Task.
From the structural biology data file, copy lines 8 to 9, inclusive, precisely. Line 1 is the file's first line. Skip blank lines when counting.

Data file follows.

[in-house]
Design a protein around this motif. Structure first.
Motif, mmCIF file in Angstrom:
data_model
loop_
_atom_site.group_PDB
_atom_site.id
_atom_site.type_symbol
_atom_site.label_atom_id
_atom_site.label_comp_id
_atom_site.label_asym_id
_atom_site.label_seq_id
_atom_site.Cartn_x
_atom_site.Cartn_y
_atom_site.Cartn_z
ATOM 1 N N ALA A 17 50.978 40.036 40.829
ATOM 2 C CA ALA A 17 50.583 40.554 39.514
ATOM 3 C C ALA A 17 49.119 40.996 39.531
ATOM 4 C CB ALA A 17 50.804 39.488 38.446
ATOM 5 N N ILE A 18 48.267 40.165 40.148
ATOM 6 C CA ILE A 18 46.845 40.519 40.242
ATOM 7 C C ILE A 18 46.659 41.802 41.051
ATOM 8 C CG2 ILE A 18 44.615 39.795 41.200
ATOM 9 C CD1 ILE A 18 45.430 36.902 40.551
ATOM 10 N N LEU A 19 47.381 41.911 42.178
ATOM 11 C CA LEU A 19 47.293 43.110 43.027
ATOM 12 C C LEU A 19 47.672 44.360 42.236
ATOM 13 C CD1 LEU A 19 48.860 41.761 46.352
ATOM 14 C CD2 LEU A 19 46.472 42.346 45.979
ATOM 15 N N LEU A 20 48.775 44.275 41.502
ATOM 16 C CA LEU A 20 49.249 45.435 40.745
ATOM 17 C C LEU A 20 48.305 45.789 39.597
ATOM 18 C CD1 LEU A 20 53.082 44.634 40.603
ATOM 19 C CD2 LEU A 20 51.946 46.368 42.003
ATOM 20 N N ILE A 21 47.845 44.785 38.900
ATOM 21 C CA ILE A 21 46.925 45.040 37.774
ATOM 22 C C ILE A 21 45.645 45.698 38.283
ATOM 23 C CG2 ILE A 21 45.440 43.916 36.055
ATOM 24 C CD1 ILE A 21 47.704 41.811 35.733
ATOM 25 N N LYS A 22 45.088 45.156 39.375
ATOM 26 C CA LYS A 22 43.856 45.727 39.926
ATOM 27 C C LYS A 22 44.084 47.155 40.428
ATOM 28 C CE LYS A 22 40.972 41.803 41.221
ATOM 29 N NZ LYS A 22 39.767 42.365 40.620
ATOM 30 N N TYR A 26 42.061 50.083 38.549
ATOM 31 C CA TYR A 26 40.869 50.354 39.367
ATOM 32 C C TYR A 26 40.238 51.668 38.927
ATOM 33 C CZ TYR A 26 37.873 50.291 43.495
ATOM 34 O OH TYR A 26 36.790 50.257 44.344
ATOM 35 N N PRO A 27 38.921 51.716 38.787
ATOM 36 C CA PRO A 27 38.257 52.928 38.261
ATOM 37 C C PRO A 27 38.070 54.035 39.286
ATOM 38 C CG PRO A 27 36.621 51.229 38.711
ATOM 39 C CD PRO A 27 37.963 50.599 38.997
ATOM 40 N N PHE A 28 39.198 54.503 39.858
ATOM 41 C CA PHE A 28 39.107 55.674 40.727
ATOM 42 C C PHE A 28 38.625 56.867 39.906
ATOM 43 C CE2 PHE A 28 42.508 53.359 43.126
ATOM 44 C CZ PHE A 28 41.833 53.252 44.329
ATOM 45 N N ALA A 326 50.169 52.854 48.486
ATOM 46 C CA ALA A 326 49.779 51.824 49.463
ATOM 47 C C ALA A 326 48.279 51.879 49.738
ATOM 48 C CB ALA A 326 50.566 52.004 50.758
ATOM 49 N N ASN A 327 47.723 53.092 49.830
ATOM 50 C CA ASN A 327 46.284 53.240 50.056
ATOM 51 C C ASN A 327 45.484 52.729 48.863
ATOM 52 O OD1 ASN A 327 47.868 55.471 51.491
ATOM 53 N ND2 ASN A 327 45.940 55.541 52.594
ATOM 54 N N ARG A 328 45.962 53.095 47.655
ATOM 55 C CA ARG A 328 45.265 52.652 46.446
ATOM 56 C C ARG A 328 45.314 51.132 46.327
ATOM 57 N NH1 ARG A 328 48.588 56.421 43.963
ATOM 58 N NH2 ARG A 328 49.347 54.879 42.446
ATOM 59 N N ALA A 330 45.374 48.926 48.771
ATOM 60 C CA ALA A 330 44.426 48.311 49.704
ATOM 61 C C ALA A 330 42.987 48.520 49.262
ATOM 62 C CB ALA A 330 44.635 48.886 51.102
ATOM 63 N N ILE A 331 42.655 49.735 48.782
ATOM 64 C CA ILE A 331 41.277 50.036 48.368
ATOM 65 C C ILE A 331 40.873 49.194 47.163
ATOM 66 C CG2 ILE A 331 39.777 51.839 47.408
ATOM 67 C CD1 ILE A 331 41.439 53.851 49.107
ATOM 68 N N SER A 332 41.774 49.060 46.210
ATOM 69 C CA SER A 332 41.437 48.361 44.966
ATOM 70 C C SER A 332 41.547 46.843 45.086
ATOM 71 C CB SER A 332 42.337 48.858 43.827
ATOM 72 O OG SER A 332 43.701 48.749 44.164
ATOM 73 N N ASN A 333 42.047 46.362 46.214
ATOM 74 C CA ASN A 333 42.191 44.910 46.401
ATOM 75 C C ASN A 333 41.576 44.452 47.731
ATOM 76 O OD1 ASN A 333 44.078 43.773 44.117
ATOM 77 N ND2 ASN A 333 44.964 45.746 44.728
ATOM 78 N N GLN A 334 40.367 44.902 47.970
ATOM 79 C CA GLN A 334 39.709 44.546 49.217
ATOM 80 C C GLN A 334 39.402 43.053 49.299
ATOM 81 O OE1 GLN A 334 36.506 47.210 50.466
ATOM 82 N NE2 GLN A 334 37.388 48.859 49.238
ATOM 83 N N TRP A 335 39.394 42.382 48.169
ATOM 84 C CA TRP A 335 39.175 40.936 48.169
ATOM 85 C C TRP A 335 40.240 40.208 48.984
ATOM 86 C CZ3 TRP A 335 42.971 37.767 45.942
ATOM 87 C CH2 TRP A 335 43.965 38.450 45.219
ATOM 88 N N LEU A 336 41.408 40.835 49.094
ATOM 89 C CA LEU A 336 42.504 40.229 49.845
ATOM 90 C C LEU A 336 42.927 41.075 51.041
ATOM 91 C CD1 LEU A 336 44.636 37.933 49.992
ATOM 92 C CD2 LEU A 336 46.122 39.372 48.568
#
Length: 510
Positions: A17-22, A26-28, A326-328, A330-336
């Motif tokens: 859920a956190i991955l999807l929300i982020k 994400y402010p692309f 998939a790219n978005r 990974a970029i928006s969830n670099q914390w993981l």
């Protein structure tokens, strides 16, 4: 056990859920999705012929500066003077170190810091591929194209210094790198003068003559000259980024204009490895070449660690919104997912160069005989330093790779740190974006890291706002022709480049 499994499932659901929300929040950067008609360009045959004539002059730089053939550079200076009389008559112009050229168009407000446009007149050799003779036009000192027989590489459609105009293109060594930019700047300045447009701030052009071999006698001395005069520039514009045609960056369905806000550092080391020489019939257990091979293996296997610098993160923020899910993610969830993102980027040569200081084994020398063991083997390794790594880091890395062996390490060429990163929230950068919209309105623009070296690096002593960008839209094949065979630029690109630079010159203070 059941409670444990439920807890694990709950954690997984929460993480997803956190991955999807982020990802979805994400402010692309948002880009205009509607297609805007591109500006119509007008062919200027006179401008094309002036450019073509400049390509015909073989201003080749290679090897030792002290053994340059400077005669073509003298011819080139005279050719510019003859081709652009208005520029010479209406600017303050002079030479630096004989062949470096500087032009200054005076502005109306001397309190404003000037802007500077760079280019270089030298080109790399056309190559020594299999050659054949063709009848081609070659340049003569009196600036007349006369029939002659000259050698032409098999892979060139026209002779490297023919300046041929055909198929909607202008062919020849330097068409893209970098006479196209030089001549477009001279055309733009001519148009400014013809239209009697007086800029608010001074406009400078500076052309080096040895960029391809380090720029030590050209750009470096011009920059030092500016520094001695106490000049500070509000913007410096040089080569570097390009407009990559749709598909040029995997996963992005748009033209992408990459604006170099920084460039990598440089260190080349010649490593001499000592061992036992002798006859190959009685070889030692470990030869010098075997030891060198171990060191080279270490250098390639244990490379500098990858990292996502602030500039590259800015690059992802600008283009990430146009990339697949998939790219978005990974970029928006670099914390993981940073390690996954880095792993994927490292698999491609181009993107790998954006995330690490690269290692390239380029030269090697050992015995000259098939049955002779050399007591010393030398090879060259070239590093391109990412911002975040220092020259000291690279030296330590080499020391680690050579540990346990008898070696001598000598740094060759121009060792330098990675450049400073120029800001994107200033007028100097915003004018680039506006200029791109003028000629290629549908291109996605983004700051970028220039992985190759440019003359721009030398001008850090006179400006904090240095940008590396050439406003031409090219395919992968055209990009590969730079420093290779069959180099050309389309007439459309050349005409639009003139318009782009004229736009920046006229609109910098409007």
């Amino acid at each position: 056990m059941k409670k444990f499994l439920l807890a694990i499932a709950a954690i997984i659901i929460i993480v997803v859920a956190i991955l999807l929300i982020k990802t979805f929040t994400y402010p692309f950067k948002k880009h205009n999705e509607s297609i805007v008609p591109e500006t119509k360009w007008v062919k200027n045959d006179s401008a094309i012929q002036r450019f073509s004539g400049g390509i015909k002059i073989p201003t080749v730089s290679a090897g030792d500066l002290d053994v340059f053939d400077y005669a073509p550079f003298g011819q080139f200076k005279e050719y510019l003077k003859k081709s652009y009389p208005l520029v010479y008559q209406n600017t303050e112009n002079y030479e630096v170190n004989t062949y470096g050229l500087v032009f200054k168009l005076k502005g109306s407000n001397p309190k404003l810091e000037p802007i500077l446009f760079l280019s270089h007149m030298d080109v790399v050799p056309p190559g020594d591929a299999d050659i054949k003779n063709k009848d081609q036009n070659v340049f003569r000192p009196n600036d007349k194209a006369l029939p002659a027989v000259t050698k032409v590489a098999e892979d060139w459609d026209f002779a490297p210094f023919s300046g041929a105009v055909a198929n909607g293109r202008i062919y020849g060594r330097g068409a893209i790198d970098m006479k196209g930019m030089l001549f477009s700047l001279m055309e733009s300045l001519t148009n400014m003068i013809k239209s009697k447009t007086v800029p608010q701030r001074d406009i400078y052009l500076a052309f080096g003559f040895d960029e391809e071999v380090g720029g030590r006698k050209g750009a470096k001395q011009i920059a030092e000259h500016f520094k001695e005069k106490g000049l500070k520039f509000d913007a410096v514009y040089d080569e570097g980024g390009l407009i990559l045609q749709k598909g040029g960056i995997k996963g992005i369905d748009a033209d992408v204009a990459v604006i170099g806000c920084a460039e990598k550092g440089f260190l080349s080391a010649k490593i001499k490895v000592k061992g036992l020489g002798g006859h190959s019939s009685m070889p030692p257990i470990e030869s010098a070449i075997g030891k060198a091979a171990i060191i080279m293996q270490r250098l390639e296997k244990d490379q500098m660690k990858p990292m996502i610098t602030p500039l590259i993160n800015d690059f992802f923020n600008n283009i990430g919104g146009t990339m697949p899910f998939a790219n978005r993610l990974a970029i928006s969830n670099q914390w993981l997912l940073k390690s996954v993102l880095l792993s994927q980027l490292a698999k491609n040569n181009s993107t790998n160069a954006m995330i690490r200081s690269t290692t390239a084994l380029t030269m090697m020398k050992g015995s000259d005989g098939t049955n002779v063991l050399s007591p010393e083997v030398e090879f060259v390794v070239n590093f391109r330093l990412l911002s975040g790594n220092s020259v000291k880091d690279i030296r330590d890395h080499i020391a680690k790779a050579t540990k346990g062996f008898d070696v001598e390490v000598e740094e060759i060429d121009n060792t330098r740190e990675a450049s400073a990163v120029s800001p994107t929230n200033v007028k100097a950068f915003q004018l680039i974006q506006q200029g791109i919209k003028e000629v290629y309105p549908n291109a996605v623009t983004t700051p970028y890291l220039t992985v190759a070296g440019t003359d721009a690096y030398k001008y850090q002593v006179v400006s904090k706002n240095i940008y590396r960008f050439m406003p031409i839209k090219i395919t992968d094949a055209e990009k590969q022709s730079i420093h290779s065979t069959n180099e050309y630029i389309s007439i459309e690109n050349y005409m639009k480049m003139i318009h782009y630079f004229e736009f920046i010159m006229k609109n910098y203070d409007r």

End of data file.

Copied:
_atom_site.type_symbol
_atom_site.label_atom_id